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Alberta’s Rocky View County is embracing the technological age by using drones to find and identify noxious weeds before they have a chance to contaminate farmers’ fields.

“We’re not even going into farmers’ fields. We’re trying to get to the problem at the stage before it gets to the farm fields,” said Jeff Fleischer, supervisor for the county’s agricultural and environmental services department. “We’re using it on remote areas, adjacent to the rivers or steep terrain, trying to identify the weeds there in smaller, isolated patches, before they spread to become an agricultural issue.”

Fleischer helped usher in the pilot program this year and said it’s been even more successful than the county could have anticipated—making expansion a definite possibility.

“I was a bit skeptical at first,” Fleischer said, “but for our first year into this I do think it was a success and I could see it expanding in the future. And not only in agriculture, there are other departments here in our county that are showing interest.”

Drones are effective tools for the job because, as Fleischer pointed out, many of the problematic areas that need to be surveyed are remote locations that are not easily accessible for a weed inspector on foot. “What the [drone] provides is a tool that makes it a lot easier to have an overview of what’s going on and, basically, to do an inspector’s job,” said Chris Neeser, a weed research scientist from Alberta Agriculture and Forestry.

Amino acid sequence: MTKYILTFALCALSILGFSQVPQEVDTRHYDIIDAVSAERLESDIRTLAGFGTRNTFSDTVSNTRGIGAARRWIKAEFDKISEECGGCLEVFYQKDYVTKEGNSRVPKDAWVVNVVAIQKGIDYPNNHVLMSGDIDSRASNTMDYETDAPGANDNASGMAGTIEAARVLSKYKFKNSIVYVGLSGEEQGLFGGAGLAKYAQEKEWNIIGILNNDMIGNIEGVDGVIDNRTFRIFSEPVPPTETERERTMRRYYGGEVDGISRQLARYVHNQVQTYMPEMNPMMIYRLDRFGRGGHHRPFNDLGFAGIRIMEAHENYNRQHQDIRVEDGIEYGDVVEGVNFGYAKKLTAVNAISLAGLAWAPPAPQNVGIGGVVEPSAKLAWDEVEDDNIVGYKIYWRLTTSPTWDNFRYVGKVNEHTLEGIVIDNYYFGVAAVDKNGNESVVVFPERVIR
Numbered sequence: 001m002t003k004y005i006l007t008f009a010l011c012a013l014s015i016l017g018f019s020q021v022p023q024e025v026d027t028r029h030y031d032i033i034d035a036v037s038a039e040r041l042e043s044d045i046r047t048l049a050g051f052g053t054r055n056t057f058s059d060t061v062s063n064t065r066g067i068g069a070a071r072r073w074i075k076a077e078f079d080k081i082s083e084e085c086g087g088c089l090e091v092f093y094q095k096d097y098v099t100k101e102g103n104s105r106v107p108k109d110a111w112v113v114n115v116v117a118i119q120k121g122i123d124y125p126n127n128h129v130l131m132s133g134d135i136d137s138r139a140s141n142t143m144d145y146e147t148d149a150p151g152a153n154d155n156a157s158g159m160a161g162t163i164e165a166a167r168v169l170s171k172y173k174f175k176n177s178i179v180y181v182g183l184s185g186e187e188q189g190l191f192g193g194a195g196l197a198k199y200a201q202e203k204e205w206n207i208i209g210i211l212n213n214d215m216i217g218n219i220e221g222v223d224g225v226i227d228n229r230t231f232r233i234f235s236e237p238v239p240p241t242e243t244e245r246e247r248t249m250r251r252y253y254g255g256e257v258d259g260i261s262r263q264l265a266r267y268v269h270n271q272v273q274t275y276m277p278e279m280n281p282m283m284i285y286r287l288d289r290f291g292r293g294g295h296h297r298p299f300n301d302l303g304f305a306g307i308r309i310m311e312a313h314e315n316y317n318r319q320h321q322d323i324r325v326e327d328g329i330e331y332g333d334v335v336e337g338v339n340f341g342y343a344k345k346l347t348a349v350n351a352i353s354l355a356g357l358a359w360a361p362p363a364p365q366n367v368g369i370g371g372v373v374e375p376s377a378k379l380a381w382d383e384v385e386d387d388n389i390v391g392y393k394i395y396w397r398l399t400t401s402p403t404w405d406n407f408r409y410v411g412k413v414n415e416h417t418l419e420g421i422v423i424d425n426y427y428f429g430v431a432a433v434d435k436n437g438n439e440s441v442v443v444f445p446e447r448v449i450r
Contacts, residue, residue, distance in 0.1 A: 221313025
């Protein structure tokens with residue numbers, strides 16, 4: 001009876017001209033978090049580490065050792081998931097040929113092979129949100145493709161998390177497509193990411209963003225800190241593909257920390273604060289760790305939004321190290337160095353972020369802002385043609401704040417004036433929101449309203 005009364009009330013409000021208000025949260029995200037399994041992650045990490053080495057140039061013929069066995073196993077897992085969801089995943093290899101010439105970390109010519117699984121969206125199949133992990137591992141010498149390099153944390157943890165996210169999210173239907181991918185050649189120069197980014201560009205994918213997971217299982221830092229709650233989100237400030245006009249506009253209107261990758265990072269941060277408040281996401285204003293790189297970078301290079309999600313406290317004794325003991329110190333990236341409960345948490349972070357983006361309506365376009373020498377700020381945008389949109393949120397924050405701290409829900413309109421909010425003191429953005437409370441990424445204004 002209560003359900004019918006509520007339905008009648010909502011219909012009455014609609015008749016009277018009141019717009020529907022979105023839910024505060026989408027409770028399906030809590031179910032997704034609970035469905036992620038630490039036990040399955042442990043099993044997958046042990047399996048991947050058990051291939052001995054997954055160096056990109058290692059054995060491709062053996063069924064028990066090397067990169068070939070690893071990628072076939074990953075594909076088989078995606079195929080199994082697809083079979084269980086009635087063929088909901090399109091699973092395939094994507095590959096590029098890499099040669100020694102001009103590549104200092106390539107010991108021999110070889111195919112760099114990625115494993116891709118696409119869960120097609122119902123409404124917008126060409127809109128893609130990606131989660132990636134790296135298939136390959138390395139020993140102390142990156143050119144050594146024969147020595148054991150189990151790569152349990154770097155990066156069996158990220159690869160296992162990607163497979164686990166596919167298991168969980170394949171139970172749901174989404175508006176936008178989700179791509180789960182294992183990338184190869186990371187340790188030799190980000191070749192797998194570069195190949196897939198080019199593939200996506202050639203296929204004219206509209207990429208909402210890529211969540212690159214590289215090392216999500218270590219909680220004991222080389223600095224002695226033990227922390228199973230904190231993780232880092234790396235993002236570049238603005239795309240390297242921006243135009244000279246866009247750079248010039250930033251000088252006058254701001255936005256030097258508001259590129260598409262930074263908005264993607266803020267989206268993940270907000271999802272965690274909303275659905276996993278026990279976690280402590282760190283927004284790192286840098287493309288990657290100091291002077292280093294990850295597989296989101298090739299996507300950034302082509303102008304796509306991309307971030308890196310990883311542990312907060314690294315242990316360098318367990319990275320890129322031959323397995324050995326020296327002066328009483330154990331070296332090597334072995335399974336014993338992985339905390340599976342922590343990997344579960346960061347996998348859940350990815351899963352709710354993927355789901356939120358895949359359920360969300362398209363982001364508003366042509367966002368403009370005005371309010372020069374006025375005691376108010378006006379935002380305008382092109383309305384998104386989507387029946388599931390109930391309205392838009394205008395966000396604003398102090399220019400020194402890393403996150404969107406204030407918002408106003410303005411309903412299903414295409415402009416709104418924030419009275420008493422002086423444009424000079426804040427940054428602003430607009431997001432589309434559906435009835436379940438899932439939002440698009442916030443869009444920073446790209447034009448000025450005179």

The county is specifically using the technology to detect weeds that have been labelled as “prohibited noxious”  under the Alberta Weed Control Act, such as purple loosestrife, orange hawkweed and leafy spurge.

“You want to catch them as early as possible because they’ll be easier to handle. Once you’ve got a big patch, it’s a much more expensive proposition,” Neeser said. “Prohibited noxious [weeds] especially, you don’t want them to spread at all.”

Once the weeds are identified, the county will help the landowner come up with a control plan.

“The landowner has the duty to control these weeds,” Neeser said. “If it’s a prohibited noxious one, they have to be destroyed, and if it’s a noxious one, they simply have to prevent them from propagating.”

Rocky View County’s pilot drone project was executed on a tight budget, Fleischer said, by investing in “entry-level” drone hardware. “We bought a fairly cost-effective drone,” he said. “Drones range in price from $1,500 all the way to hundreds of thousands. We do see areas where in the future it might be useful to update the camera so that we can do different mapping.”

Overall, the use of drone technology in agriculture is on the rise. As drones have become more affordable and their capabilities have expanded, more and more farmers are trying the technology for themselves. In addition to Rocky View County’s drone pilot project, Fleischer noted that similar programs have been developing simultaneously. “There are private consultants that farmers are using as well to fly over and do field scouting,” he said. “I’m seeing more and more companies start up, and a few other counties using it as well.”


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